My husband and I were hosted by a local couple for a day. Andrus and Margit Klooster were excited to introduce us to as many cultural and culinary adventures as possible. After a stop at their favourite fish market on the harbour, where we snacked on salted cucumbers, tasted locally made root beer, and admired an array of local fish I'd never set eyes on, we passed the rest of the morning at a local food festival. What an opportunit­y to sample local cheeses — fresh and smoked — craft beer and cider, as well as a sparkling rhubarb wine that is fresh and bracing. I couldn't resist some beautiful nature-inspired ceramics made by a woman at her manor house some kilometres away.

They insisted we stop at a branch of Muhu, Tallinn's most famous bakery, to purchase a loaf of black leib, still warm from the oven, which we ripped off in chunks to nibble on as we drove. This bread, I have come to realize, is emblematic of the hardy Estonian people, their fortitude and spirit.

After a peaceful forest drive, we stopped for lunch at Ruhe, set picturesqu­ely on the wild coast at Neeme. The temperamen­tal wind blew the clouds dramatical­ly and whipped up the waves furiously in changing shades of grey and blue. Inside, we shared an array of local fish, including whitefish tartare and sautéed herring with gorgeous garnishes of shaved beets and greens. I chose a soup — a clear broth in which were floating morsels of smoked eel, carrot and potato, pure flavours and sublime. They do soups very well here.

Today, city folk remain closely in touch with nature, our hosts explained. This is reflected in the cuisine, which is proudly local and fresh, so for example, local berries like juniper, crowberry, lingonberr­y and cloudberry feature prominentl­y in the cuisine, as does seaweed from the seashore and moss from the forest.

As our driving tour continued we returned to the subject of Estonian pride. “It's in our blood,” said Margit, an amateur singer. As she and Andrus recounted personal stories of the legendary Song Festival, Andrus put some traditiona­l music on the car's sound system. Within moments, we heard sniffles from Margit. “You see?” cried Andrus, throwing up his arm and before long, the car was trembling with emotion.

Back in Tallinn, we continued our pursuit of typical and contempora­ry Estonian cuisine. At first I was concerned that our busy concert schedule might challenge our food agenda. On the contrary, many Tallinn restaurant­s open in late morning and stay open all day, meaning we could find a fabulous meal at any hour.

Dinner at Ö is a revelation of local ingredient­s elevated with a mix of traditiona­l and creative techniques: black pudding is served in a potato nest topped with smoked salmon cream. Cod mousse is served with fermented mushrooms topped with `dirt' (crumbled black bread); local roach fish is salted and served with soured milk and roach roe; elk tartare is mixed with wild garlic, coated in beet dust and accompanie­d by smoked egg yolk. Wow!

Next door is the restaurant Kaks Kokka, which shares the same kitchen and serves simpler but still very interestin­g food in a relaxed setting.

Tallinn is a vibrant city of old and new. The country wasted no time after declaring independen­ce to modernize in every way. Just outside the Old Town the modern city is bustling, developing rapidly and thriving. It is the home of innumerabl­e tech startups and is where Skype was invented.

The warehouses and factories in Rotermann Quarter have now been revitalize­d. There we find the wine restaurant R14, with a harmonious mix of old stone and brick with lots of wood and an exposed kitchen. Local business people rush in for a quick lunch of the dish of the day — always reasonably priced — then back to work. Those who linger can sip on a glass of wine or choose a bottle to take home from the well appointed wine cellar behind glass.

Just over the railway tracks, under a pitched roof, old limestone warehouses have been transforme­d into an exciting marketplac­e, the Baltic Station Market, with fresh fruits, vegetables, fish and meat, organic stores, prepared foods and eateries. Upstairs are vintage clothing and craft shops. Ambling along the railway tracks behind the marketplac­e, past rough graffiti-splashed fences, we find the very hip Telliskivi Creative City — where industrial warehouses have been transforme­d into a complex of designer boutiques.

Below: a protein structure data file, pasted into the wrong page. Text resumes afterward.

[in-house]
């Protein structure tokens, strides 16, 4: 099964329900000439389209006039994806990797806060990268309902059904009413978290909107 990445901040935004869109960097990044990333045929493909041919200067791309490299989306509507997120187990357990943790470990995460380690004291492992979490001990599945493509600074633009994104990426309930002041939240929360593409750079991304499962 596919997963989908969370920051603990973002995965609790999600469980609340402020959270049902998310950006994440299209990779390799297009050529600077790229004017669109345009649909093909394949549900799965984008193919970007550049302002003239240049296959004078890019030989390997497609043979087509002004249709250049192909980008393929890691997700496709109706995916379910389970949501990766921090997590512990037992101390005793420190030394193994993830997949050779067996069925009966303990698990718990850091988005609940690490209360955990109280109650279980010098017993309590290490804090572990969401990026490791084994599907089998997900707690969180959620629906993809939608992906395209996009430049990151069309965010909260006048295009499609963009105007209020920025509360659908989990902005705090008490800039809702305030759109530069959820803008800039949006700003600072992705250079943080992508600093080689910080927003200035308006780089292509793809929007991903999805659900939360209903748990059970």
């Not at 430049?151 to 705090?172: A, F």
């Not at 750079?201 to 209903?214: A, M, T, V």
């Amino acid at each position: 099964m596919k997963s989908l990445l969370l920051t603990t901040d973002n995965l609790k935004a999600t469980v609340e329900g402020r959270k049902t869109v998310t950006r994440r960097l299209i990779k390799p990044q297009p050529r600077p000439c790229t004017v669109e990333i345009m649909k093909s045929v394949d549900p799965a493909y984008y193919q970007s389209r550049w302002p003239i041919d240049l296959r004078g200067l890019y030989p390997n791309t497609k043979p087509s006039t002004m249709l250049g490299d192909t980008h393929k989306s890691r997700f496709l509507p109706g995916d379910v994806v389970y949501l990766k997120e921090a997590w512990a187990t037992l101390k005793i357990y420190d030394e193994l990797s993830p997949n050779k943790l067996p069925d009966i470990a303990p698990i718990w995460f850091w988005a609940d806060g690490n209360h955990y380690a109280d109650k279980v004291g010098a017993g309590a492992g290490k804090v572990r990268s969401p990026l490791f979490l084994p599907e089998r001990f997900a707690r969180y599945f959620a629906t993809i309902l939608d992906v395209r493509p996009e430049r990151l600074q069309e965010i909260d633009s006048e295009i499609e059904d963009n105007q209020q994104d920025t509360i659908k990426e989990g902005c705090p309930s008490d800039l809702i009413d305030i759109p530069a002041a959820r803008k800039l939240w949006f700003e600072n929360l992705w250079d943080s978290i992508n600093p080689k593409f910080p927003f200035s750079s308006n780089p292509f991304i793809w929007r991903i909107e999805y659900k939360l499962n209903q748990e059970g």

Mingled among the shops are a number of restaurant­s, some spilling out onto the open spaces during the brief warm summer months, some specializi­ng in craft beers. My favourite, F Hoone, a funky high-ceilinged space with tall plants, tiled floors and a casual vibe where you grab your own bread and water from the counter. Here I sampled some mushroom varenyky (perogies) with sour cream that even my Ukrainian-Canadian mother would appreciate.

We tasted some very traditiona­l specialtie­s at Vanaema Juures (Grandma's Place), like blood sausage with crowberry compote and pork and barley sausage nestled on a bed of porridge.

Another memorable restaurant just inside the old stone walls — noteworthy for its curious menagerie of stuffed wild animals in the foyer — is called Farm, an Estonian version of farm-to-table cuisine, offering a mix of traditiona­lly inspired dishes with many creative surprises, like cod liver mousse garnished with egg and black bread crumbs.

On our final morning, we rushed back to the Baltic Station Market, to Muhu Bakery, to pick up a souvenir loaf of leib, hot from the oven, a bread that will sustain us for a week. Now that's something to sing about.

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Winding TOP LEFT street leading to Pikk Jalg Gate; F Hoone; Andrus and Margit Klooster holding the Song Festival torch; Borsch, and black bread, both from Leib Restaurant.
PHOTOS THIS SPREAD CLOCKWISE FROM Winding TOP LEFT street leading to Pikk Jalg Gate; F Hoone; Andrus and Margit Klooster holding the Song Festival torch; Borsch, and black bread, both from Leib Restaurant.
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 ??  ?? PHOTOS THIS SPREAD CLOCKWISE FROM TOP LEFT Maiasmokk cafe; Dried fish; Mekk Bar sign; Decorating marzipan at Maiasmokk cafe; Eel prepared in Vana Tallinn (sweet Estonian liqueur) with horseradis­h, at Ö Restaurant.
PHOTOS THIS SPREAD CLOCKWISE FROM TOP LEFT Maiasmokk cafe; Dried fish; Mekk Bar sign; Decorating marzipan at Maiasmokk cafe; Eel prepared in Vana Tallinn (sweet Estonian liqueur) with horseradis­h, at Ö Restaurant.
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 ??  ?? PHOTOS THIS SPREAD CLOCKWISE FROM TOP LEFT Niguliste Church, Tallinn; Towers in the medieval wall; Cozy courtyard, Old Town; Elk tartare with wild garlic coated in beet dust, black bread tuiles and smoked egg yolk, from Ö Restaurant.
PHOTOS THIS SPREAD CLOCKWISE FROM TOP LEFT Niguliste Church, Tallinn; Towers in the medieval wall; Cozy courtyard, Old Town; Elk tartare with wild garlic coated in beet dust, black bread tuiles and smoked egg yolk, from Ö Restaurant.